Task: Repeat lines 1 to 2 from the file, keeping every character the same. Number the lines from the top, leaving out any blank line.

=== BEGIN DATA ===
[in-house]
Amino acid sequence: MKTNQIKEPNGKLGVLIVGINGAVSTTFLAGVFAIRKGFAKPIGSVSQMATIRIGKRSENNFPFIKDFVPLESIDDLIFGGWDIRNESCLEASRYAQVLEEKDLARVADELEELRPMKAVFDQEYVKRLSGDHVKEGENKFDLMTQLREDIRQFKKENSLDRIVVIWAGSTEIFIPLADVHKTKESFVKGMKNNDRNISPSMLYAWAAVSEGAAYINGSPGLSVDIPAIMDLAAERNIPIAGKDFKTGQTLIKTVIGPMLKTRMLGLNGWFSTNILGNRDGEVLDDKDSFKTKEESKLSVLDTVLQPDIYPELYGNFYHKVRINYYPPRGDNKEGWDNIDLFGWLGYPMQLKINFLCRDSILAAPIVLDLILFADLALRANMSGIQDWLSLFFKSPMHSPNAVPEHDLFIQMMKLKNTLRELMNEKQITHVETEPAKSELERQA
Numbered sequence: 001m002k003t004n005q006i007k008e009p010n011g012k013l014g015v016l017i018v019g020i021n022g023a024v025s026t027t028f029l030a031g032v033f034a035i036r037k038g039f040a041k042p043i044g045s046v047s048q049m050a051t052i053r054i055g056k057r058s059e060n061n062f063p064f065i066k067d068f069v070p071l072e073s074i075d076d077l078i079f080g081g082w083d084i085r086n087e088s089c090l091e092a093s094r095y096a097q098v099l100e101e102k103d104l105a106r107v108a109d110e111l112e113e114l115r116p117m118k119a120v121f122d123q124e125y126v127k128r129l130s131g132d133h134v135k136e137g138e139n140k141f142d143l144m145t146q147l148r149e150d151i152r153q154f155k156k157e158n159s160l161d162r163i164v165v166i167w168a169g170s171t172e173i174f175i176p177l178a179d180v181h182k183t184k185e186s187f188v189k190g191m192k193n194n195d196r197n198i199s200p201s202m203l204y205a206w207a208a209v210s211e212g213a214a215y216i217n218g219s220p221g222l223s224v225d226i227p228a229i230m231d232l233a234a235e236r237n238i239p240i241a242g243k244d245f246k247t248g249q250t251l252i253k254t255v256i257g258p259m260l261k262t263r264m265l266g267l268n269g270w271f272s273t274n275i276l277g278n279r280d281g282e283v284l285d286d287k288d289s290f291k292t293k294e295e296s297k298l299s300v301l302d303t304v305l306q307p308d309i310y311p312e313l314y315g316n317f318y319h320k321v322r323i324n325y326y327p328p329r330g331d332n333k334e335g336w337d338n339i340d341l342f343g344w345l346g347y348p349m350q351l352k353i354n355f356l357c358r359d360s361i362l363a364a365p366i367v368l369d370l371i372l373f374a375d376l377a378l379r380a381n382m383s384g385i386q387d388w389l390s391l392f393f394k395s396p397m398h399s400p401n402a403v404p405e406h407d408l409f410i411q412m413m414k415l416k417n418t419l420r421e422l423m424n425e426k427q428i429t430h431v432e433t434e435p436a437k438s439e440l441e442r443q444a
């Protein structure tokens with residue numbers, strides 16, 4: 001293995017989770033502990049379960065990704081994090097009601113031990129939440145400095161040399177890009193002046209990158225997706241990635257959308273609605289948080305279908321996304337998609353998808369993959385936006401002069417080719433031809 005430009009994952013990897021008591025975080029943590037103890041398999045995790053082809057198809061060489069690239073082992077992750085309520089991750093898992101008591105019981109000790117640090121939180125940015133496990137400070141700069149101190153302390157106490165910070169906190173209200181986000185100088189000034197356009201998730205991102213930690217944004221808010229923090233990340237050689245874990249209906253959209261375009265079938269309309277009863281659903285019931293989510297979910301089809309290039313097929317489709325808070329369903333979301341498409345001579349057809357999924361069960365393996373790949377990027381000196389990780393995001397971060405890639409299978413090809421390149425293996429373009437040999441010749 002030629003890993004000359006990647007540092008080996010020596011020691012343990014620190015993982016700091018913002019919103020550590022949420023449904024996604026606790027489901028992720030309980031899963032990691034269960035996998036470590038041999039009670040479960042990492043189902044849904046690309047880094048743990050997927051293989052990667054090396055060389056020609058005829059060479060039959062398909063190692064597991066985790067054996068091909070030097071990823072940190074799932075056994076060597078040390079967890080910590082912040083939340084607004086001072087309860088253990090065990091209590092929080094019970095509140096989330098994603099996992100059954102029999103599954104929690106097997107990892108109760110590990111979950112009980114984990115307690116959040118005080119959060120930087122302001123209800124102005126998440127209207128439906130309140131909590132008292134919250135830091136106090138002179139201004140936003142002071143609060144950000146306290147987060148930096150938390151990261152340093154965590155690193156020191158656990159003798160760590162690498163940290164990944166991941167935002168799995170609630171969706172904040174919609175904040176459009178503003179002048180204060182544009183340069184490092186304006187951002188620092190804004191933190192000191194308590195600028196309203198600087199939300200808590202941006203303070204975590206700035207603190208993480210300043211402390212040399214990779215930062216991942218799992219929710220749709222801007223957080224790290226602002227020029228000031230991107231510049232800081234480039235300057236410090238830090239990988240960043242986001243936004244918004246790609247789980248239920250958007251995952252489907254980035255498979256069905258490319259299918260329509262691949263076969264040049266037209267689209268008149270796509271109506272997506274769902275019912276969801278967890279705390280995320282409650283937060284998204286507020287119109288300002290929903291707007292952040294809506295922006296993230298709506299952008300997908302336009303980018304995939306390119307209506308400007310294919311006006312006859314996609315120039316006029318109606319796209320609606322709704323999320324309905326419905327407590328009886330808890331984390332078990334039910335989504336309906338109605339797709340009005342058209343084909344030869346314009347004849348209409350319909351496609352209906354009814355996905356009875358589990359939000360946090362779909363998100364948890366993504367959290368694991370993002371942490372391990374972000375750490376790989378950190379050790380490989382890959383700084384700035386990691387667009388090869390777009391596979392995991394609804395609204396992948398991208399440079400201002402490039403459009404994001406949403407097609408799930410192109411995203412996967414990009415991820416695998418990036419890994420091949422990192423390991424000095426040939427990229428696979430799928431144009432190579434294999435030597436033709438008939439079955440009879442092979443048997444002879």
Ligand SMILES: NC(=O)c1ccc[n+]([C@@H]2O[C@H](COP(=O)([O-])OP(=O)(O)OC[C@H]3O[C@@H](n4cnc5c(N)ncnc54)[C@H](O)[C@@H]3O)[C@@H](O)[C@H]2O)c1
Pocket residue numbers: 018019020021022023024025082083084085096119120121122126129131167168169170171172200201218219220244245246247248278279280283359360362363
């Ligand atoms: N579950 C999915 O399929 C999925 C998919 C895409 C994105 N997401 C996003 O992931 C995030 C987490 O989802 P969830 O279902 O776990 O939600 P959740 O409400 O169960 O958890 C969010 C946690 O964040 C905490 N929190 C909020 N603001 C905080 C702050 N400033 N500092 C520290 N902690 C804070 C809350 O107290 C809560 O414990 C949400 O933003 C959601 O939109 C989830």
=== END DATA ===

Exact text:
[in-house]
Amino acid sequence: MKTNQIKEPNGKLGVLIVGINGAVSTTFLAGVFAIRKGFAKPIGSVSQMATIRIGKRSENNFPFIKDFVPLESIDDLIFGGWDIRNESCLEASRYAQVLEEKDLARVADELEELRPMKAVFDQEYVKRLSGDHVKEGENKFDLMTQLREDIRQFKKENSLDRIVVIWAGSTEIFIPLADVHKTKESFVKGMKNNDRNISPSMLYAWAAVSEGAAYINGSPGLSVDIPAIMDLAAERNIPIAGKDFKTGQTLIKTVIGPMLKTRMLGLNGWFSTNILGNRDGEVLDDKDSFKTKEESKLSVLDTVLQPDIYPELYGNFYHKVRINYYPPRGDNKEGWDNIDLFGWLGYPMQLKINFLCRDSILAAPIVLDLILFADLALRANMSGIQDWLSLFFKSPMHSPNAVPEHDLFIQMMKLKNTLRELMNEKQITHVETEPAKSELERQA